Harvard Law School
Minnesota Law Review, Vol. 86, No. 5, May 2002
The missing players in bankruptcy are the families whose economic well-being will be tied to that of the filing debtor. They remain in the shadows in the legal and policy debates, while the focus remains almost exclusively on the acts of parties who file and how to adjust incentives to influence their behavior. If the families of those who file for bankruptcy are ignored, it is impossible to assess either the cause or the impact of a bankruptcy filing. Based on data from the 2001 Consumer Bankruptcy Project, this paper offers an analysis of the number of previously-uncounted children, spouses, ex-spouses, elderly relatives and others who are swept through the bankruptcy system with those who file formal petitions. The data indicate that families with minor children are at exceptional risk for bankruptcy, and that women rearing children alone are at even high risk. This paper suggests a promising new line of inquiry about the causes of economic collapse that focuses on the financial impact of child rearing.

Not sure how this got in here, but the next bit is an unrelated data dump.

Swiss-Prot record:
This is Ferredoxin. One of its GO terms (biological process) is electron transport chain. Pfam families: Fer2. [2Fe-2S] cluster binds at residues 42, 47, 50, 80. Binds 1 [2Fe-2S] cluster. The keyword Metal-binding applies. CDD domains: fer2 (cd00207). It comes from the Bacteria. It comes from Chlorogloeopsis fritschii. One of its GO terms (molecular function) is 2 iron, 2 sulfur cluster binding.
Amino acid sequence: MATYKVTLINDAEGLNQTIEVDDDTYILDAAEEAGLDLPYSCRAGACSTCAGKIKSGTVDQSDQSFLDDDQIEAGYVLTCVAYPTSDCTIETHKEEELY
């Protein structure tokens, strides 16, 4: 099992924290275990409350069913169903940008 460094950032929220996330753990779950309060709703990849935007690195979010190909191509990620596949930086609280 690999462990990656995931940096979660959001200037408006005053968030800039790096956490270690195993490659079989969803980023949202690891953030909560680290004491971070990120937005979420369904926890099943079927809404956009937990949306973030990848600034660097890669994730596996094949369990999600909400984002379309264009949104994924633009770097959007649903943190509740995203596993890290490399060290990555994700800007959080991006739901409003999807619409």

Number of Pages in PDF File: 31
Keywords: bankruptcy, bankruptcy law, family and childrenAccepted Paper Series
Date posted: October 21, 2002
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